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One reason some scientists choose low-quality predatory journals- government money

What’s hot? What’s not?/Niklas Bildhauer, Wikimedia

Journals that are the science equivalent of the vanity press. A geographer identifies a reason for the survival of predatory journals:

Why are South Africans relying so much on journals that do little or nothing to ensure quality? In an effort to boost academic productivity, the country’s education department launched a subsidy scheme in 2005. It now awards roughly US$7,000 for each research paper published in an accredited journal. Depending on the institution, up to half of this amount is paid directly to faculty members. At least one South African got roughly $40,000 for research papers published in 2016 — about 60% of a full professor’s annual salary. There is no guarantee (or expectation) that a researcher will use this money for research purposes. Most simply see it as a financial reward over and above their salaries. South African publications listed in the Scopus database each year more than doubled in the decade after the payout programme began. But the number of publications by South African researchers in predatory journals jumped more than 140-fold in the same period (J. Mouton and A. Valentine S. Afr. J. Sci. 113, 2017-0010; 2017). Clearly, many researchers in South Africa are being forced to choose: cash or quality? David William Hedding, “Payouts push professors towards predatory journals” at Nature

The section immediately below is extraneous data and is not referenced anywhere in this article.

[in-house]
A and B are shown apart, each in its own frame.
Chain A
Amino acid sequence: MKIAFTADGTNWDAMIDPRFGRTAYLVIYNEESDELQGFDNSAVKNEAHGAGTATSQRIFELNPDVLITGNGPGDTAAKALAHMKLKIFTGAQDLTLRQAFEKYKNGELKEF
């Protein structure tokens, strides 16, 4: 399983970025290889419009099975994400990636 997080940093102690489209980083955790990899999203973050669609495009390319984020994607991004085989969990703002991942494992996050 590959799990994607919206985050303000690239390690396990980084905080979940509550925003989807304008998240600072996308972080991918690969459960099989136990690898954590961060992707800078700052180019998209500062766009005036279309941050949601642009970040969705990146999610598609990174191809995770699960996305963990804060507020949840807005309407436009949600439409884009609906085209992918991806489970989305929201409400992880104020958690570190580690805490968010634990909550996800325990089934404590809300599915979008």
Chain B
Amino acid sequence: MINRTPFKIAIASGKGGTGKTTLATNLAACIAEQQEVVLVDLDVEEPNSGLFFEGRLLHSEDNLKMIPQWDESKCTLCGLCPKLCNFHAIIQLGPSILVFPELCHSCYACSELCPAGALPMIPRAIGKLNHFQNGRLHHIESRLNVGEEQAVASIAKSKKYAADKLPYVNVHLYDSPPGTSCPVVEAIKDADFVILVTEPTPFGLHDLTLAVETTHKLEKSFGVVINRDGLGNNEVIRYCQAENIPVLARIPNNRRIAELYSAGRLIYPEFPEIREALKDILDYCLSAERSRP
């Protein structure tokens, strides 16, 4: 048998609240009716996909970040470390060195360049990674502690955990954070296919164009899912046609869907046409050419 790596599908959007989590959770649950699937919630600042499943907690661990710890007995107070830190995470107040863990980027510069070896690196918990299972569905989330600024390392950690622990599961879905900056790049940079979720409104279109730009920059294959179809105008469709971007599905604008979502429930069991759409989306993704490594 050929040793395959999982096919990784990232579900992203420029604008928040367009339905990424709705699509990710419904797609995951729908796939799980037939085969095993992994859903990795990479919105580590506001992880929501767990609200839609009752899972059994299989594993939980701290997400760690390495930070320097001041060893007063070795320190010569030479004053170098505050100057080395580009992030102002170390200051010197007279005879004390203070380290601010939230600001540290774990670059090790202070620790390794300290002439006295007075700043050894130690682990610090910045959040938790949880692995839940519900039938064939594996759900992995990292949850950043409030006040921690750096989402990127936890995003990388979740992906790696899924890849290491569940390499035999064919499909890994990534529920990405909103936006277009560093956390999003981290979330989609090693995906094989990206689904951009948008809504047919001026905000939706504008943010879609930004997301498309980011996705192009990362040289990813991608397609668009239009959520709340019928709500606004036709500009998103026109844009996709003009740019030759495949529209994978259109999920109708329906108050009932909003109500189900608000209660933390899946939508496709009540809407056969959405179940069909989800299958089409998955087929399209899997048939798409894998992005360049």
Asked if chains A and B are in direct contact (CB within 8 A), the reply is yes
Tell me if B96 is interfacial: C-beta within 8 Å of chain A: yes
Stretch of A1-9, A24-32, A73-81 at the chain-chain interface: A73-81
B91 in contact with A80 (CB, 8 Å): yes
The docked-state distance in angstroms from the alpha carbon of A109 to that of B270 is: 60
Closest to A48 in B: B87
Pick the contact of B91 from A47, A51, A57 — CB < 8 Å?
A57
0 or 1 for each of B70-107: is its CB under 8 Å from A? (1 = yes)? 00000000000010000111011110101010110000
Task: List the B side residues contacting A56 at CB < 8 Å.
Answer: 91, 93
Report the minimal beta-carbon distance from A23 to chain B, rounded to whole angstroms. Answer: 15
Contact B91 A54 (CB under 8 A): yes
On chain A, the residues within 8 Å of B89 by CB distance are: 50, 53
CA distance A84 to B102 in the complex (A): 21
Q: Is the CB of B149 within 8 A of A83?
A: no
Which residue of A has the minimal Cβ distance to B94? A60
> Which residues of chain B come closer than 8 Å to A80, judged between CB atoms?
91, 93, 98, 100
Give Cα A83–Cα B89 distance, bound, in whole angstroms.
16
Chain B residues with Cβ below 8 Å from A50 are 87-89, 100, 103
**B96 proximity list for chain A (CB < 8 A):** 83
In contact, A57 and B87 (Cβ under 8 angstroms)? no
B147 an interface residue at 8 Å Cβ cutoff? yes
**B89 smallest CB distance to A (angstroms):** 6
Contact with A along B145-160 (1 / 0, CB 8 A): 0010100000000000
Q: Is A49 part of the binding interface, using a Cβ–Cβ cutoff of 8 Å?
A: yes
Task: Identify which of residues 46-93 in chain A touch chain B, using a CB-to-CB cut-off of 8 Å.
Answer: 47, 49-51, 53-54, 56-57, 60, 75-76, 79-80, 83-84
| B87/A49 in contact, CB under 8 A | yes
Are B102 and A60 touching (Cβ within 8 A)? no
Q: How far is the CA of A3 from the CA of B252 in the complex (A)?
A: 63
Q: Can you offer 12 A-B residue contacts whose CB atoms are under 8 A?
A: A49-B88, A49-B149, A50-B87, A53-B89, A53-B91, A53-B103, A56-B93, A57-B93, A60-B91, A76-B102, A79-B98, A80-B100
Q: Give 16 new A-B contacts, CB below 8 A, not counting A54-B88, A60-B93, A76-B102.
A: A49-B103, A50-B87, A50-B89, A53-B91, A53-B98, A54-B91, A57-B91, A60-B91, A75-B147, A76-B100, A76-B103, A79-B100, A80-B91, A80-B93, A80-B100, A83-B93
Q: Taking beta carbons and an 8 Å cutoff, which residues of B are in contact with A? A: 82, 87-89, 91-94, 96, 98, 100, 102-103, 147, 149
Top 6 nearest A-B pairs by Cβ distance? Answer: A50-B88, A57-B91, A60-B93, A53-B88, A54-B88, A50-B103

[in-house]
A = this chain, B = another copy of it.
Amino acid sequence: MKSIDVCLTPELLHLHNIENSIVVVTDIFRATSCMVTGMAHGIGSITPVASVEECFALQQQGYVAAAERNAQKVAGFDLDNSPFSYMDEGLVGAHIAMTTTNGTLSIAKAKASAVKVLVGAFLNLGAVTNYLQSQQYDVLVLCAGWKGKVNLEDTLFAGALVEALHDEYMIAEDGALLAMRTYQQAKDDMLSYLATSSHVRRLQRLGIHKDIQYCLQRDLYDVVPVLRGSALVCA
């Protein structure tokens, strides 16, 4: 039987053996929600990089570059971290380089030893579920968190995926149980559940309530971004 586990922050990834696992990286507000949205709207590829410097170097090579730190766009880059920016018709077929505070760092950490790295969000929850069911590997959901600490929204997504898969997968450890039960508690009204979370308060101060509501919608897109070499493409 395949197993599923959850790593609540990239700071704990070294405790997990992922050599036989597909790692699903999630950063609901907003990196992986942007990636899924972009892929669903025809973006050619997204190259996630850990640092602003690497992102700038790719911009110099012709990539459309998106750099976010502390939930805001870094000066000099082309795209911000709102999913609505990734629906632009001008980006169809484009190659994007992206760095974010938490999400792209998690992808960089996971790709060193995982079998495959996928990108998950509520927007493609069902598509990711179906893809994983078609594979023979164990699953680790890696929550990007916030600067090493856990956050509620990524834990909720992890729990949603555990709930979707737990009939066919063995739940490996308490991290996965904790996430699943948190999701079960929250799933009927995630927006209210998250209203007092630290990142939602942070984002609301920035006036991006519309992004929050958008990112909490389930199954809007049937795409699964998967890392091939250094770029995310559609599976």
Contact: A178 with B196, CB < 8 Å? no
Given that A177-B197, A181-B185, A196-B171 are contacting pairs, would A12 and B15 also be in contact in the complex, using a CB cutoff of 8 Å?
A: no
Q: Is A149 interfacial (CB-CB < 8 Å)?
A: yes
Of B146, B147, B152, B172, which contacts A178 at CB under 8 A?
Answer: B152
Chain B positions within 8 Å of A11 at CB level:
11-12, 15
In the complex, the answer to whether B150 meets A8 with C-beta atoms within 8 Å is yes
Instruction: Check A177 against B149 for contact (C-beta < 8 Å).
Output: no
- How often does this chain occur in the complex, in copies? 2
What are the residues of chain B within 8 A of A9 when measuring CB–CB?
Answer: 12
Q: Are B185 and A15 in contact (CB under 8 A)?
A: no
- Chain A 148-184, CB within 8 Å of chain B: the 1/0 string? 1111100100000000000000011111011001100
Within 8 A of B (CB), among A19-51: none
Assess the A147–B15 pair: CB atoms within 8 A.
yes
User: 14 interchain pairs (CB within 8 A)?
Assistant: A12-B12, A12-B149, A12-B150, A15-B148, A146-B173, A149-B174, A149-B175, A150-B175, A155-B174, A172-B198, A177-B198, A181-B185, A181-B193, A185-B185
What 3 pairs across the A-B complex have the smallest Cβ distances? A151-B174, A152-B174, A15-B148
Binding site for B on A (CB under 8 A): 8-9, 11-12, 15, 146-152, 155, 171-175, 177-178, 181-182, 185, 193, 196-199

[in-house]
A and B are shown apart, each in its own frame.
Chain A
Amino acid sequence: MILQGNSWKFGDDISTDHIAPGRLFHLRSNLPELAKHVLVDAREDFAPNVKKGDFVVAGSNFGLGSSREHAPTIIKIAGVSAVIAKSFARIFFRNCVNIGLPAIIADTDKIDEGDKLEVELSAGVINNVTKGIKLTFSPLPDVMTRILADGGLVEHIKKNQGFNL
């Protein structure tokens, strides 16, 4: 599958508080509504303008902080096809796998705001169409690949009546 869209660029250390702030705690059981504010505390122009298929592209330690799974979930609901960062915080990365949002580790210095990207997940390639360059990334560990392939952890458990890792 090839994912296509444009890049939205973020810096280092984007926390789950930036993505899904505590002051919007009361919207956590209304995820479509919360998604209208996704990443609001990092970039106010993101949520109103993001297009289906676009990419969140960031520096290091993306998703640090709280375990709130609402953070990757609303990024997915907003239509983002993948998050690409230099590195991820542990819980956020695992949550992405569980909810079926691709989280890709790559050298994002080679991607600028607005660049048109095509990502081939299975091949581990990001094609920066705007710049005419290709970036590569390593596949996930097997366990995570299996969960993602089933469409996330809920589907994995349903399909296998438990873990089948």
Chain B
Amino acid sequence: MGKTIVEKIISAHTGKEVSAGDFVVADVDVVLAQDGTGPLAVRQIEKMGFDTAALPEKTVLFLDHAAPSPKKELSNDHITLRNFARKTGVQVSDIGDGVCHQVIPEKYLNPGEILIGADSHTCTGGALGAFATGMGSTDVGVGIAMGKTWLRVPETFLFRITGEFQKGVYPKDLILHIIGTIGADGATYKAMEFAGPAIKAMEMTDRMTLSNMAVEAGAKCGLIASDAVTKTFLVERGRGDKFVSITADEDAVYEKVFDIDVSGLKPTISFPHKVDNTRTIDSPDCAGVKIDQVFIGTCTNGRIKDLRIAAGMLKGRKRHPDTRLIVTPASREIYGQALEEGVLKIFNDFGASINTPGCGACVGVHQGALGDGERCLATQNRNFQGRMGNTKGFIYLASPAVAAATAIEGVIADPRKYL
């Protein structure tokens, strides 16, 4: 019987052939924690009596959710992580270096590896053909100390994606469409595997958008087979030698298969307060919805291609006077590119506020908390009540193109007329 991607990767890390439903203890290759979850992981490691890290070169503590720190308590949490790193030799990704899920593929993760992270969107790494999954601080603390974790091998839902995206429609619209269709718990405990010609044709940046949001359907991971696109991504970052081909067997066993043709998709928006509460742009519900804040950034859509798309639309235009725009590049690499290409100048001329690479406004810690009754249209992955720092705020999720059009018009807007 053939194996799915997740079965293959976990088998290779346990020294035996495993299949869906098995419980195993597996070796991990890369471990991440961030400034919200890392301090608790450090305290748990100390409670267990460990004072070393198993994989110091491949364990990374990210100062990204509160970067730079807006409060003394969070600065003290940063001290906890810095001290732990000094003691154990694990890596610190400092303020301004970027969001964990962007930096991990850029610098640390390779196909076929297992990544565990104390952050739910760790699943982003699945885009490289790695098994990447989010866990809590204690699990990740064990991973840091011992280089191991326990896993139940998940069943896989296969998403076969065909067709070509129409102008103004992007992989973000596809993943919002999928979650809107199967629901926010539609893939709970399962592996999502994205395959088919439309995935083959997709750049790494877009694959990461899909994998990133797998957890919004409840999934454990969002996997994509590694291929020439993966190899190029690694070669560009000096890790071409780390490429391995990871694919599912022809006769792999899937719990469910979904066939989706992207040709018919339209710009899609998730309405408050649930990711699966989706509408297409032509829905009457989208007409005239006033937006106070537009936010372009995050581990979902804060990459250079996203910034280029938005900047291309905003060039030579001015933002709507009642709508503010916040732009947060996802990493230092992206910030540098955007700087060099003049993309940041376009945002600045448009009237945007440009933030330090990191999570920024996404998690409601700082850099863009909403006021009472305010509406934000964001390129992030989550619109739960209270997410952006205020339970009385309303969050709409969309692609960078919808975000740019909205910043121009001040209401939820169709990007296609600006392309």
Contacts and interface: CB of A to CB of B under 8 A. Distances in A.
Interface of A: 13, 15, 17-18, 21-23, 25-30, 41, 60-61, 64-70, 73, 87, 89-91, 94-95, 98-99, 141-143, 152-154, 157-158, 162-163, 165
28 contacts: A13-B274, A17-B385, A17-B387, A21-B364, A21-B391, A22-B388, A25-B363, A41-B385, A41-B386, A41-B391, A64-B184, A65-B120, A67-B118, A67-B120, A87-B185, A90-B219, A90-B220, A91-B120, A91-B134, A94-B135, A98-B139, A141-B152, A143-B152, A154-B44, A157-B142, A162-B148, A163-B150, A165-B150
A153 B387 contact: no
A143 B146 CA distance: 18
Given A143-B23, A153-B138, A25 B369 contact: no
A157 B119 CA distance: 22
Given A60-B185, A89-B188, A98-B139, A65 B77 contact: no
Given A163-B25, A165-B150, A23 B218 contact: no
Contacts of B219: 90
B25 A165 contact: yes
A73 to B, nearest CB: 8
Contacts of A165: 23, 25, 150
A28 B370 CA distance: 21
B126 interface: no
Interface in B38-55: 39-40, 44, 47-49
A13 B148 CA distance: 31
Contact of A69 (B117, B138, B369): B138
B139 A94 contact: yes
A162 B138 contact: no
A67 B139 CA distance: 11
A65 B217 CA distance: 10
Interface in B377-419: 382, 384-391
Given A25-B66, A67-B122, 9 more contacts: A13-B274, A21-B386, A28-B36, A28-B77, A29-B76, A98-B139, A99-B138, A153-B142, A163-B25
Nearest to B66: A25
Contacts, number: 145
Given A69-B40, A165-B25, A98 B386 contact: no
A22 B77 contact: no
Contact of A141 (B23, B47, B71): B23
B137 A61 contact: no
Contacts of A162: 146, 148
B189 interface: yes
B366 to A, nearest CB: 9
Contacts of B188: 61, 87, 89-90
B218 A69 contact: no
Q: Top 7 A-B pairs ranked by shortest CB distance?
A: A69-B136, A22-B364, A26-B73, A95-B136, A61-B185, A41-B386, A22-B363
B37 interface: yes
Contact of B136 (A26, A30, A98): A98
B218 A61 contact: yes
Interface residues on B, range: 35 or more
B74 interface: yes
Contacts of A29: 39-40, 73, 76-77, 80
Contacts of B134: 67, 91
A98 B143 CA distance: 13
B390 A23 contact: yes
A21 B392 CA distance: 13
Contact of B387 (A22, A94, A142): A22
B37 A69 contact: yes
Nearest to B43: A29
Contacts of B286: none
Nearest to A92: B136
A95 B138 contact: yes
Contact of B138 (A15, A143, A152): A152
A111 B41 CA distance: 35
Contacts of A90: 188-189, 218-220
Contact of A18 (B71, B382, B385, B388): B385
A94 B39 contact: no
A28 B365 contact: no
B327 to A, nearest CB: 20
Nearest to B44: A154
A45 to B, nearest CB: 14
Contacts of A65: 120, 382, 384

“Cash or quality?” might be a hard decision if there are many reasons why quality wasn’t going to happen anyway.

But always remember, doubts about science – as practiced – are always because the public is narrow and stupid, according to pundits, and doesn’t “trust science.

See also: A study of the causes of science skepticism sails right by the most obvious cause of skepticism: Repeated untrustworthiness


From Chemistry World: Forensic science is “in crisis”


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